How much does the world itself matter in an open world game? Saints Row 2‘s Stillwater was busier and more active than Saints Row The Third‘s Steelport, yet I enjoyed the third game more thanks to its focus on a goofy story and fun missions. That said, could Steelport really support two entire games? Is the appeal of an open world game really to explore this massive sandbox? Is that why we play Saints Row games?
It’s no secret that Saints Row IV started as DLC, you could even see the roots of it in The Trouble with Clones DLC, which brought Johnny Gat back and gave the boss of the 3rd Street Saints super powers, albeit temporarily. Given THQ’s financial difficulties and presumably the ambition of that final DLC pack, Enter the Dominatrix, everything was expanded out into a new, full game. And while the budget probably limited them to reusing Steelport and many of the assets from Saints Row The Third, they managed to blow everything else out.
Extremely early in Saints Row IV, you’ll be given super powers. Specifically, you’ll get super speed, jumping, and the ability to throw elemental blasts. As soon as I got those powers, I stopped needing cars, planes, and really anything that wasn’t my character (a surly Vin Diesel, using a pitched down Male Voice 1). It’s crazy that such an important part of the game is pretty much unnecessary, but that’s kind of this game’s M.O: throw in everything you could think of, let the player decide what’s fun. And getting around Steelport is fun. Clearly modeled after Crackdown and Prototype, traversal in Saints Row IV never got old in the 19 hours it took me to 100% the game. The way my character barreled down the street, blasting cars out of the way was always fun.
The powers used in combat, such as blasting enemies with ice or fire, replace grenades. They serve more as an augment for your guns than a replacement, which I was OK with because there are a lot of really fun guns in this game. There’s a gun that shoots mini black holes, one that inflates people’s heads until they pop, and even the conventional guns can be made awesome. You can reskin every weapon in the game, for example, turning conventional pistols into Han Solo’s blaster from Star Wars. It’s a really great new touch.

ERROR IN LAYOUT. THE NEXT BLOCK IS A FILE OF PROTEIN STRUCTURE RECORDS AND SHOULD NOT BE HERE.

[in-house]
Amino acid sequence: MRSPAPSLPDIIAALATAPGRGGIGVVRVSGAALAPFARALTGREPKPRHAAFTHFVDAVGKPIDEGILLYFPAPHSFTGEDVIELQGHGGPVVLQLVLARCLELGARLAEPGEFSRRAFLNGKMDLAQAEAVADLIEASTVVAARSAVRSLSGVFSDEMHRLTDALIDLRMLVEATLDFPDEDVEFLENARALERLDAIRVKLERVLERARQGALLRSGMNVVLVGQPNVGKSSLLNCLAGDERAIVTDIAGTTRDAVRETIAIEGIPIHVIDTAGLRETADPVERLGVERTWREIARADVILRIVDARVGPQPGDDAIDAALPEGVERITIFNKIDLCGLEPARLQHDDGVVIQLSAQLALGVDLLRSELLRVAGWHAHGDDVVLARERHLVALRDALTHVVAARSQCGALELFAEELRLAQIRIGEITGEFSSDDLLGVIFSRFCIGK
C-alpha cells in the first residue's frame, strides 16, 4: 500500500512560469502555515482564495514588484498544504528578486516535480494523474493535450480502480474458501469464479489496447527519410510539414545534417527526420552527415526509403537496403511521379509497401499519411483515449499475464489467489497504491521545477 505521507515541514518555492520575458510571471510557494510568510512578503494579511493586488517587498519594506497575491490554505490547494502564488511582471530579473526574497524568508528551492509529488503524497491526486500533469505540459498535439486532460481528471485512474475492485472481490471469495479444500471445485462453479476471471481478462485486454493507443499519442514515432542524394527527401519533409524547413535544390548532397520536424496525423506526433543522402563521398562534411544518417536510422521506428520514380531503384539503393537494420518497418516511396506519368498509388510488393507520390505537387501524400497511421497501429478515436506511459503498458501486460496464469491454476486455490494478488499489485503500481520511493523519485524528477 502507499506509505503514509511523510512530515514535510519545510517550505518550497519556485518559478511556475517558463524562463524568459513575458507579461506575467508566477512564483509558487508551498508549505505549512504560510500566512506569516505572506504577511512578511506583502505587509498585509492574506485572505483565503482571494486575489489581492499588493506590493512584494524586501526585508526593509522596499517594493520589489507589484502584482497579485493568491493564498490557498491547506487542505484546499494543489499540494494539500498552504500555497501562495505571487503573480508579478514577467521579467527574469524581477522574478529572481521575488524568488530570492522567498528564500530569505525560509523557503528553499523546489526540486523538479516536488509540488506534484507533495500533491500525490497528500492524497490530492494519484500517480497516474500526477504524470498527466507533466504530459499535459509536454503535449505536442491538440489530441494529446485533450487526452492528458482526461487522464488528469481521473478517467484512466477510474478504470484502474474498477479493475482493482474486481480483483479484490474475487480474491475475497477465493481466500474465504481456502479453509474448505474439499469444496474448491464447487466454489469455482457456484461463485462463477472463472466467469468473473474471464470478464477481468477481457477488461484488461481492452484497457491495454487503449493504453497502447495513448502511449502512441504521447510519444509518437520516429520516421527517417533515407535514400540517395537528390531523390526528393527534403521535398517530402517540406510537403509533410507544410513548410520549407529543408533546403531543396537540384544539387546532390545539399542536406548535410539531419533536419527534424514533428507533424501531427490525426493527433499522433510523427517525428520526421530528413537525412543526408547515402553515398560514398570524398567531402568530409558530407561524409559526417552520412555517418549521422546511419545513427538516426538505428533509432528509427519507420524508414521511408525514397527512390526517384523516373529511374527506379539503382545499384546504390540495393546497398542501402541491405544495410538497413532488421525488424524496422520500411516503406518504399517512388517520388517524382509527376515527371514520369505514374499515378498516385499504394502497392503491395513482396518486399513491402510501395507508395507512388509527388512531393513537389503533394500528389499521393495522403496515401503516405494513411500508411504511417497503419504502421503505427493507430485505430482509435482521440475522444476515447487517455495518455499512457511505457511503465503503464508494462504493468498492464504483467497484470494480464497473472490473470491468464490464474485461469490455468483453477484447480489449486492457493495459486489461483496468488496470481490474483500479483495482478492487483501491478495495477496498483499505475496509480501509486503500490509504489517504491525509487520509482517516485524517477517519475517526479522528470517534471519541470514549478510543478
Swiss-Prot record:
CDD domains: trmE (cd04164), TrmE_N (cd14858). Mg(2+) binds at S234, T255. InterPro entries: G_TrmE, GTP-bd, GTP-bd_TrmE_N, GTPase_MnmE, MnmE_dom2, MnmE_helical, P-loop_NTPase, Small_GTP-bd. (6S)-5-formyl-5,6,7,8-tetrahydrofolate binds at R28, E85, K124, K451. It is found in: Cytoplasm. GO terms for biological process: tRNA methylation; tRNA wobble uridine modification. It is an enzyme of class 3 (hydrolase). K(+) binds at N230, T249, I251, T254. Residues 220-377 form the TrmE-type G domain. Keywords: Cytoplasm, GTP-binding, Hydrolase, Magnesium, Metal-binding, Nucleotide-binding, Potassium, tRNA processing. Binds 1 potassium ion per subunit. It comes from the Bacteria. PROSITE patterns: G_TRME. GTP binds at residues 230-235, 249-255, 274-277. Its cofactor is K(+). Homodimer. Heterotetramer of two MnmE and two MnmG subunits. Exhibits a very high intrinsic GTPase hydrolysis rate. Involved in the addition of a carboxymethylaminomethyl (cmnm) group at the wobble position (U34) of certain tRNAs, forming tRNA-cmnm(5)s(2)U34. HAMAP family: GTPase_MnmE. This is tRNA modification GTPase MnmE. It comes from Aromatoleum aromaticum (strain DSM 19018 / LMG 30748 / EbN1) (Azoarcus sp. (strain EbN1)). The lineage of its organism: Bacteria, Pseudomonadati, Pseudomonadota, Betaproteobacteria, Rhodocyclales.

In this game you’re always collecting upgrades, based on two currencies: clusters and cache. Clusters are orbs scattered around the city that can be collected and spent on upgrading your super powers. It’s really addictive. Cache is money, earned by doing pretty much anything and spent on upgrading everything from abilities, to clothes, to weapons. This is the first Saints Row game were I’ve found every side mission type fun, especially because there’s a narrative wrapper around doing them now.
Oh, right, the story. Basically, through some awesome events, the boss of the Saints becomes president. But that’s largely irrelevant because Zinyak, an evil alien, comes, abducts the Saints, and blows up the earth. Yeah, this game is going for broke. Zinyak traps everybody in simulations of Steelport were they must face their worst nightmares ad infinitum, except the boss breaks out and starts freeing the others. It’s basically an excuse to make a lot of somehow enjoyable Matrix references, and of course to give the boss super powers. I laughed a lot at this game, and I don’t laugh at a lot of games. It’s really good.
Of course it’s buggy too, I experienced a couple crashes and a weird bug during my playthough that made some weapons unusable. And yeah, it doesn’t quite feel like a new game since so much is reused from Saints Row The Third. But you know what? I’ve still got a bunch of games in my summer backlog that I need to get to, but I’ve been in kind of a funk since finishing Saints Row IV. It was just such goofy fun I don’t want to move on.